Ketamine Beneficial in Child With PTSD

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The patient demonstrated a reduction in the intensity and frequency of aggressive behaviors.
The patient demonstrated a reduction in the intensity and frequency of aggressive behaviors.

HealthDay News — Ketamine may be beneficial for children with posttraumatic stress disorder (PTSD) and episodes of severe aggression and emotional dysregulation, according to a case report published in Pediatrics.

Anna C. Donoghue, MD, from the University of Minnesota in Minneapolis, and colleagues report on a case of a 7-year-old boy treated with ketamine for PTSD and episodes of severe aggression and emotional dysregulation. The episodes involved destruction of property and the symptoms were refractory to multiple medical and behavioral interventions.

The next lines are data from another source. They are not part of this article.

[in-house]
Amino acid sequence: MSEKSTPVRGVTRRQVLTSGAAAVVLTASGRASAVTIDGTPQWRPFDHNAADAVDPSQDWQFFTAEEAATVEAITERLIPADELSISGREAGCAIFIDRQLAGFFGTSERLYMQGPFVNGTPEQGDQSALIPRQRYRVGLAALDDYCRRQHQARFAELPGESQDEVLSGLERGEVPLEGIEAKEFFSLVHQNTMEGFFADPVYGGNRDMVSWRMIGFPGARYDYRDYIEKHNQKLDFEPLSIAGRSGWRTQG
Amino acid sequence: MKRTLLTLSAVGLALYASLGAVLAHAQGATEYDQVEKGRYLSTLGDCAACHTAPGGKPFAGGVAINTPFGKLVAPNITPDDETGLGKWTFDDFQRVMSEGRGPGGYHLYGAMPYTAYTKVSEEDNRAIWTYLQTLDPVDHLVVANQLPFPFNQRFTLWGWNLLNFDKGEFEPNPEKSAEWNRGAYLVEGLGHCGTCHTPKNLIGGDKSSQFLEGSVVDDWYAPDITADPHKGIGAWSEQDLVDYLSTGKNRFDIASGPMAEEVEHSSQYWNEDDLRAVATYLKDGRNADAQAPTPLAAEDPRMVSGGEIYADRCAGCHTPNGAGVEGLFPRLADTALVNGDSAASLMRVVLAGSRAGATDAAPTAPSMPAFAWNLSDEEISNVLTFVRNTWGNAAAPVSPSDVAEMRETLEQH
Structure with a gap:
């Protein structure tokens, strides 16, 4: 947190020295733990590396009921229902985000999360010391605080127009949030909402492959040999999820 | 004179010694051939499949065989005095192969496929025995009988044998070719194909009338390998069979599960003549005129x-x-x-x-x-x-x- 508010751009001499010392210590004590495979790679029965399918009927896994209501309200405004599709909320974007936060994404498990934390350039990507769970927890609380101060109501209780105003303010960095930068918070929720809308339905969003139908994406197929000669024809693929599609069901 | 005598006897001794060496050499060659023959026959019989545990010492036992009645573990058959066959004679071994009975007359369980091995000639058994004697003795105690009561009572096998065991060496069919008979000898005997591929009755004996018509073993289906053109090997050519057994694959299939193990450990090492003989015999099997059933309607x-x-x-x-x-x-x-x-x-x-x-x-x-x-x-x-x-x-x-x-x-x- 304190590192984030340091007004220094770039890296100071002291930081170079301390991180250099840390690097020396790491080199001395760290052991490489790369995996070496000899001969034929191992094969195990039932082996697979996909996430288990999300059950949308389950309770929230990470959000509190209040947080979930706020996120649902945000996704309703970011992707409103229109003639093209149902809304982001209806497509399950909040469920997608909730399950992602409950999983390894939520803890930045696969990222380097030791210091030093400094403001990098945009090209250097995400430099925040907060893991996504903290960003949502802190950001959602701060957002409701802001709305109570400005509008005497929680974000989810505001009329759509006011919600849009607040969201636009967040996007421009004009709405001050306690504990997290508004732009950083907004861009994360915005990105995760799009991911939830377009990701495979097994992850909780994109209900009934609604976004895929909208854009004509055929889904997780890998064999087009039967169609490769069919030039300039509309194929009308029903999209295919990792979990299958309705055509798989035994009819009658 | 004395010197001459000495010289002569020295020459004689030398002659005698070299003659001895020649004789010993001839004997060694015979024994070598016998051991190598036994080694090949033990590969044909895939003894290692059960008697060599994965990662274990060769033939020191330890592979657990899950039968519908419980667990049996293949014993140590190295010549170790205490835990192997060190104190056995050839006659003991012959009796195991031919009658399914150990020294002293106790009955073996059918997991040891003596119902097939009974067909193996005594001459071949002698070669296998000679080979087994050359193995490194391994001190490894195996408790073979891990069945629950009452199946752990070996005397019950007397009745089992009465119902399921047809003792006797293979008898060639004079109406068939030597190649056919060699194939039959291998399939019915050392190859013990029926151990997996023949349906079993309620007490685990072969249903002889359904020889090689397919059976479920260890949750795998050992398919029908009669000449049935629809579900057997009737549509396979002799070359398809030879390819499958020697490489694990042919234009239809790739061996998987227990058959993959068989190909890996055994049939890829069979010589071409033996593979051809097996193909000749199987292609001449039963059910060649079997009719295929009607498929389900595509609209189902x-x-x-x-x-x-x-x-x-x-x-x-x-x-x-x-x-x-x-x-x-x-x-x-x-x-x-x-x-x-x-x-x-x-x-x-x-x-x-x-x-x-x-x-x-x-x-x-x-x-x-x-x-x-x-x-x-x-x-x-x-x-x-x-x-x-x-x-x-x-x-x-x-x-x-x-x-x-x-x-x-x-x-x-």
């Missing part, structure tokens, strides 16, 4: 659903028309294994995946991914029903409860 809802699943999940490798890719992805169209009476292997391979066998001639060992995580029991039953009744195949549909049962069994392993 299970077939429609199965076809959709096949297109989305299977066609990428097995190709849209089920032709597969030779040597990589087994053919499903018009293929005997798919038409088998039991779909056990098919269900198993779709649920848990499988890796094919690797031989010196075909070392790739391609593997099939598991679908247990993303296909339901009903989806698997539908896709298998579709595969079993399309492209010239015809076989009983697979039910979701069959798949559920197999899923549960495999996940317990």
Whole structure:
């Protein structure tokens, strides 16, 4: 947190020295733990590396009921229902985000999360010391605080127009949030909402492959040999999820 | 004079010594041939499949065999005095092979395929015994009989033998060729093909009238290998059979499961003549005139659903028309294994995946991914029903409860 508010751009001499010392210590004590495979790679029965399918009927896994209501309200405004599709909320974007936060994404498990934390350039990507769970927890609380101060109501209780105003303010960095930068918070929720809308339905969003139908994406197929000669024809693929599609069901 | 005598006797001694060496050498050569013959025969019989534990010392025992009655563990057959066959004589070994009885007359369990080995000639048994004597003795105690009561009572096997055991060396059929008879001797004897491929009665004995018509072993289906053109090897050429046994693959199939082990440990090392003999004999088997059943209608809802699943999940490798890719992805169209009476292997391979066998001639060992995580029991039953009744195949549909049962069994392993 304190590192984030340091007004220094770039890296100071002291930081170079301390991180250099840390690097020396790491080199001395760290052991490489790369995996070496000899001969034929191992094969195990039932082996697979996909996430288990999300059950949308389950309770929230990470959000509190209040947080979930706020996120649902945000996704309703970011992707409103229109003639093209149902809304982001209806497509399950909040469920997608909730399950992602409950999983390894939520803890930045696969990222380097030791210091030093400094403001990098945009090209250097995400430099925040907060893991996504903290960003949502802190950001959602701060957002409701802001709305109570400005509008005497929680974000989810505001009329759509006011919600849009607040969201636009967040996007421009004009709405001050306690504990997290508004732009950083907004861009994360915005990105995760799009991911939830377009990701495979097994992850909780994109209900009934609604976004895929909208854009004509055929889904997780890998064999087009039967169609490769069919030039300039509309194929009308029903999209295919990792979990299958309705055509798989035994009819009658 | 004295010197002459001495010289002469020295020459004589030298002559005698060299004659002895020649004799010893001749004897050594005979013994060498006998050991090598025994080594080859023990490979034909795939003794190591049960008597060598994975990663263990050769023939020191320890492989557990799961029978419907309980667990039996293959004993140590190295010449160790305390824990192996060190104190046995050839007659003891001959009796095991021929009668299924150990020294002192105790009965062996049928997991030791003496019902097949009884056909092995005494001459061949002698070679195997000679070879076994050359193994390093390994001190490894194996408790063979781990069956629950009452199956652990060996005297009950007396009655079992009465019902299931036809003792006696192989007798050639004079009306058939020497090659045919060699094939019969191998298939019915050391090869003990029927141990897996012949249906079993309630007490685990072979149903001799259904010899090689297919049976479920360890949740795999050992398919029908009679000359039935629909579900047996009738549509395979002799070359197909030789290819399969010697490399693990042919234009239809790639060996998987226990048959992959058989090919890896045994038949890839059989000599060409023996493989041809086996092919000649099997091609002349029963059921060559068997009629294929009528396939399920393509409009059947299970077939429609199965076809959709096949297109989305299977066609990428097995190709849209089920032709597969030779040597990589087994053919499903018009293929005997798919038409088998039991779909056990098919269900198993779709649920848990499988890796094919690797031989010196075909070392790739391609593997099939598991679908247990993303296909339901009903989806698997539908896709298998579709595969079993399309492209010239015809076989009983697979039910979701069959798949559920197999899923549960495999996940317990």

The authors note that the child demonstrated sustained remission from symptoms (eight to 13 days) when exposed to ketamine on two occasions: when he underwent surgery for tonsillectomy and when he underwent sedated magnetic resonance imaging. On both occasions the patient demonstrated a reduction in the intensity and frequency of aggressive behaviors and exhibited an ability to control his emotions.

"There is a growing literature supporting ketamine for treatment-resistant depression in adults and, more recently, PTSD," the researchers wrote. "This case report suggests the need for future study using ketamine as a treatment option for children with a history of trauma and severe behavioral dysregulation who have not responded to first-line medication and behavioral therapy approaches."

References

  1. Donoghue AC et al. Pediatrics. 2015; doi:10.1542/peds.2014-4152.
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